There’s no more mystery. Not for the West, anyway. Though the Egyptian-led investigation is far from over, leaks from the British, the U.S., and the Egyptian investigative team itself have put enough information in the public domain to be able to draw some pretty safe conclusions.
The black box from Russian Metrojet Flight 9268 shows there was an explosion onboard caused by a bomb (as opposed to a fuel line explosion organic to the plane). A review of U.S. and British SIGINT intercepts show the Islamic State discussing the attack prior to and after the downing of the plane. The Americans and British, in an extraordinary step, shared their intelligence intercepts with the Russians, who immediately halted all Russian flights to and from Egypt. This was a 180° turn from Russia’s stance the day before the Western intelligence was shared; Russia had insisted any suggestion the crash was attributable to terrorism was premature. The IS has now issued a third claim of responsibility for the bombing, asserting that they specifically targeted the Russian plane due to Russia’s involvement in the war in Syria.
How they did it is still up for speculation (the most likely scenario is that an airport worker at Egypt’s Sharm el Sheikh airport was compromised and put the bomb in the cargo hold), but there’s little doubt the Islamic State successfully committed the largest international terror attack since September 11, 2001.
The Russians aren’t happy about admitting it so quickly, though. The Kremlin’s propaganda machine has been focused on exhorting the modernity of the Russian military as it safely and surgically destroyed Islamic terrorists in Syria. Now it has to switch gears from glowing reports of military capability to spinning this new vulnerability into public support for a more protracted conflict, despite the threat to Russian citizens. Multiple Russian blogs are claiming the U.S., the Brits, or the Saudis (or some combination thereof), are responsible for the downing of the Metrojet flight. The Russians will likely encourage this kind of disinformation until the Kremlin can develop a cohesive anti-IS message that suits its goals.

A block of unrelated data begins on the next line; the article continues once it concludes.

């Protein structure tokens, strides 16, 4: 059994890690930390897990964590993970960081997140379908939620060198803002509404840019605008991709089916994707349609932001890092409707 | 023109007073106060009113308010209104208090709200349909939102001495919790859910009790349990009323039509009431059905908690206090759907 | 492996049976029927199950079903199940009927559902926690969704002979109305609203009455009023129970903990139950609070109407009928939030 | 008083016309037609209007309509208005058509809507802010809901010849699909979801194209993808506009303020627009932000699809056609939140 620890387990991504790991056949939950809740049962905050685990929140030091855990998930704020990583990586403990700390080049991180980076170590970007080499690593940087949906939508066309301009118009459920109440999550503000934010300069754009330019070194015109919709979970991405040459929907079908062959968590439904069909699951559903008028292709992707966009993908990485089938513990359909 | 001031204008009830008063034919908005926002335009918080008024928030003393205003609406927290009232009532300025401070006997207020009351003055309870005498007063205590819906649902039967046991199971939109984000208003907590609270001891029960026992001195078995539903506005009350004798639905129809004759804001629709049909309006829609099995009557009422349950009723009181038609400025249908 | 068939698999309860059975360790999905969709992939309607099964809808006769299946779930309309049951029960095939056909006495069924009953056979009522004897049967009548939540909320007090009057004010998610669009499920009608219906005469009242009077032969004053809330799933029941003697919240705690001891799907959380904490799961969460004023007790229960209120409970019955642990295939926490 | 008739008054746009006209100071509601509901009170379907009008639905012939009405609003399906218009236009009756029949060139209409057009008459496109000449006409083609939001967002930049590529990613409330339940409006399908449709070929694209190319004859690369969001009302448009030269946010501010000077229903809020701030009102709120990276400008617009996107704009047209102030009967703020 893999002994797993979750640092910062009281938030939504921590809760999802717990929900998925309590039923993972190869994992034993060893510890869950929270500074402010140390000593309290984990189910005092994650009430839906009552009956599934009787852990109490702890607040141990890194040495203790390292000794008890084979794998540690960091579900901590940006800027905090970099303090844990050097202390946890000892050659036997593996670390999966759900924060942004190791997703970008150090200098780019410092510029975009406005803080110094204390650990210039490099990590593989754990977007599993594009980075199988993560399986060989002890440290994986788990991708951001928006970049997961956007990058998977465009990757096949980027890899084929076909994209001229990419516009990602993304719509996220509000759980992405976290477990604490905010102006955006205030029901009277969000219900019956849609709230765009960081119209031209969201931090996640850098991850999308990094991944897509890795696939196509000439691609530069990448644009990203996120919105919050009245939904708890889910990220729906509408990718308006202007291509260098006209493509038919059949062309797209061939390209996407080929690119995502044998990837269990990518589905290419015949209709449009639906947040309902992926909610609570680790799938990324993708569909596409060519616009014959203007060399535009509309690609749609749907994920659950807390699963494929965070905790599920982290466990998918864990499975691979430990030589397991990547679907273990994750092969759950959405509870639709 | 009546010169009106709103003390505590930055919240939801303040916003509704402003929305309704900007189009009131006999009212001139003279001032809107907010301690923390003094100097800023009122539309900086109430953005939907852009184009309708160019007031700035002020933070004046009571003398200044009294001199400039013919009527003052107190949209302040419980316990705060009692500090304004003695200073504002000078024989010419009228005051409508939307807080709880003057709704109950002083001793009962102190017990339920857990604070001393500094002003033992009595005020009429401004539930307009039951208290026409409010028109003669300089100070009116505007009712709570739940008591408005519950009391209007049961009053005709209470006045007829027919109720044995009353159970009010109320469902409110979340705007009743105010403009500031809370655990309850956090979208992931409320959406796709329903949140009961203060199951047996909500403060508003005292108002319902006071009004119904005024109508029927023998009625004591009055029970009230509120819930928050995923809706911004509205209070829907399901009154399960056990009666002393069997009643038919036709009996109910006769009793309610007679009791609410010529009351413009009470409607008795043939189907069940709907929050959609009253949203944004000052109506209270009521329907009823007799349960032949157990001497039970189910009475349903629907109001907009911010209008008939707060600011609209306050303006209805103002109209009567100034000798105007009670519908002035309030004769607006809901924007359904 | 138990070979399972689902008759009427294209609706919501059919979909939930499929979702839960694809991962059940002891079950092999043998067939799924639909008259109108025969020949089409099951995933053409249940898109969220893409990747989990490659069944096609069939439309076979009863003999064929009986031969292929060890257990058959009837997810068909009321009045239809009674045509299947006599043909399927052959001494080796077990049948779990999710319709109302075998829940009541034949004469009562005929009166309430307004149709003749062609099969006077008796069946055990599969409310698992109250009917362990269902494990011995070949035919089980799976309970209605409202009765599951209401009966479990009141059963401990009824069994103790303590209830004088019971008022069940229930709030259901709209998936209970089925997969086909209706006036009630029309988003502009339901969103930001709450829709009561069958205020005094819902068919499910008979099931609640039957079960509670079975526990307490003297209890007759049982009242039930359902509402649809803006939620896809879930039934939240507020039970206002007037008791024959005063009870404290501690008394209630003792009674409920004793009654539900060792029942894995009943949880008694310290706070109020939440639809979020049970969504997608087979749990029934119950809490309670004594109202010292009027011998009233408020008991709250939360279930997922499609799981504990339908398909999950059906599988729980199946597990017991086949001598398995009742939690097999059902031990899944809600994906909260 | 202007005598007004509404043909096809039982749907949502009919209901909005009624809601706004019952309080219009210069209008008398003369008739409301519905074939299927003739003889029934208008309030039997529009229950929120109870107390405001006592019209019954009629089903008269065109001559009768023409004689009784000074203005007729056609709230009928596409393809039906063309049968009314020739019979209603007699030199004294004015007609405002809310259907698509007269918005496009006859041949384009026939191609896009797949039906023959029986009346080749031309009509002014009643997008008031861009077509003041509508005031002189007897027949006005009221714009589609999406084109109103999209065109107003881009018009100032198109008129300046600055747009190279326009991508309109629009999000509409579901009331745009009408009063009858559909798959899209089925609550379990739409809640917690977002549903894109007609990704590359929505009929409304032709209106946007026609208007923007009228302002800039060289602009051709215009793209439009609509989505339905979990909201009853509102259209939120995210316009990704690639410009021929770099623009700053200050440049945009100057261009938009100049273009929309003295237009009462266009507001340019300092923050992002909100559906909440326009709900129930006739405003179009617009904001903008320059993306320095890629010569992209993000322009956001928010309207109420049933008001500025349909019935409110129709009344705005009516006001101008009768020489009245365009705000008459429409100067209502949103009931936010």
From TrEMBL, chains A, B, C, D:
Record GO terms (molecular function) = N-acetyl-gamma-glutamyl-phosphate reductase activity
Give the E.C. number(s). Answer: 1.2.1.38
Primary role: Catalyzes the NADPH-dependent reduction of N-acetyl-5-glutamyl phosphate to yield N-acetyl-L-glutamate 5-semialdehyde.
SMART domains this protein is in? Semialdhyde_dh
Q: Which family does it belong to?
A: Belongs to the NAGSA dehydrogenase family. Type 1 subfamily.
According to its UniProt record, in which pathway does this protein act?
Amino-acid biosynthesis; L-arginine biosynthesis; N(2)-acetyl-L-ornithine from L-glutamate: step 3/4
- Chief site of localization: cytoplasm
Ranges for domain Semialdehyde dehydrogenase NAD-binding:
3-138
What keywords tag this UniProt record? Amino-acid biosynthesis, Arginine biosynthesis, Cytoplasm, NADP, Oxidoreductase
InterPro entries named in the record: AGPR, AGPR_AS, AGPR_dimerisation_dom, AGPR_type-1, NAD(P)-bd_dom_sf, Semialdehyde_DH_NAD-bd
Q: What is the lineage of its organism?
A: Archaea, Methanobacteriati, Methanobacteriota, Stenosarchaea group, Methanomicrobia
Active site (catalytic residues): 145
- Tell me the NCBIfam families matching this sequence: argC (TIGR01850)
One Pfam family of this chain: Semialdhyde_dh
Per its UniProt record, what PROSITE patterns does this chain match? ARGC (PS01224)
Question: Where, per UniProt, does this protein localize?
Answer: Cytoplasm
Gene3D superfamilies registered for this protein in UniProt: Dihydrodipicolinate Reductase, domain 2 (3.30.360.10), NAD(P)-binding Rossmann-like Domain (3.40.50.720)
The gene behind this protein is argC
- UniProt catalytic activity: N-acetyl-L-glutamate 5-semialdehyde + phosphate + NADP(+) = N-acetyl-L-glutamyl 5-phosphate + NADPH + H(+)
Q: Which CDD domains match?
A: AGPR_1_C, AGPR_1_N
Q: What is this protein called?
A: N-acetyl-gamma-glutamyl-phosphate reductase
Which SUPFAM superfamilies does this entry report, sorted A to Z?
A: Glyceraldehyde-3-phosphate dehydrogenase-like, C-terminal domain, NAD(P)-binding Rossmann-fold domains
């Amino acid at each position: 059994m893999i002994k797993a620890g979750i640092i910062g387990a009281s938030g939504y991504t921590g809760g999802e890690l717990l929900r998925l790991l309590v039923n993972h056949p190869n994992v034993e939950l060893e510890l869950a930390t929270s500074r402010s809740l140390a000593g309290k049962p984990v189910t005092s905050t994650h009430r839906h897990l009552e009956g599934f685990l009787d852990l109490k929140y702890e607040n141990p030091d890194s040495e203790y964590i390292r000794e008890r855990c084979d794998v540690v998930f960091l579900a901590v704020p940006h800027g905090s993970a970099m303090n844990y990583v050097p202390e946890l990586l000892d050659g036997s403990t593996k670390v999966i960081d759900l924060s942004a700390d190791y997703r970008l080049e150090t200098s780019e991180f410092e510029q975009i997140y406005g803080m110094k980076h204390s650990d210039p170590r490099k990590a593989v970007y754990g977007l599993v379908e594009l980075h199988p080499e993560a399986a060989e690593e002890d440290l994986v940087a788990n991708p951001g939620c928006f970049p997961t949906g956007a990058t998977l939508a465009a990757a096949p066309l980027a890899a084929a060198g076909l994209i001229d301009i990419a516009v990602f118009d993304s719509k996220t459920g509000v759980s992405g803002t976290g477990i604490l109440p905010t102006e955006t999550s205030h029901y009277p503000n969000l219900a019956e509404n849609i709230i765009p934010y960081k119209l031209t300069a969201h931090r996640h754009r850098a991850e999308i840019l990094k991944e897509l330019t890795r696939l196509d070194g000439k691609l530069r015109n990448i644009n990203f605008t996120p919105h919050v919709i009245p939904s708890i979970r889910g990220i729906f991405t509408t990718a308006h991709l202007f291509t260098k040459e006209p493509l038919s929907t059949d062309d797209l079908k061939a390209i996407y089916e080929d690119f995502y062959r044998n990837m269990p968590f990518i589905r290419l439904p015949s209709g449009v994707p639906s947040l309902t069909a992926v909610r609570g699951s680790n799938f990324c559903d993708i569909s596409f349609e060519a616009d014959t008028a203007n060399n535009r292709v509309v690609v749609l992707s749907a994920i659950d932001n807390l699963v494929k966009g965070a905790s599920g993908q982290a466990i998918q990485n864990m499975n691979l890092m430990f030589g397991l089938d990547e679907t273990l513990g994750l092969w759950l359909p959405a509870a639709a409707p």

Eventually, though, Russian President Vladimir Putin will have to respond to ISIS, just as the United States had no choice but to respond to al-Qaeda in Afghanistan after 9/11. Anti-Western rhetoric suits Moscow’s needs for the moment, but Putin certainly realizes that if the Islamic State can pull together an attack like this in a month (Russia began bombing in Syria in late-September), more attacks will follow. At some point it will be obvious to even media-isolated Russians it is the Islamic State, not the CIA, who is attacking Russians.
The rest of the world will, of course, focus on their own security in their own ways, but the Russians were specifically targeted, putting immense pressure on Russia’s strongman to act. Putin has invested enormous resources over decades to obliterate Islamic terrorists targeting Russia.
A great deal of Putin’s early political success was due to his response to Chechen Islamic terrorist attacks in the late ’90s and the 2000s as the Second Chechen War dragged on. Islamists bombed Russian apartment buildings and trains, attacked a theater, and took over 1000 people hostage at an elementary school in Beslan. At least 330 people died at Beslan, including 186 children.
Putin cast himself as the ultimate hard-liner against Islamic terrorism. He built his reputation as being ruthless and uncompromising. The brutal pacification of Chechnya while Putin was Russia’s prime minister and then president was supposed to be the ultimate deterrent against future attacks on Russia and Russian interests.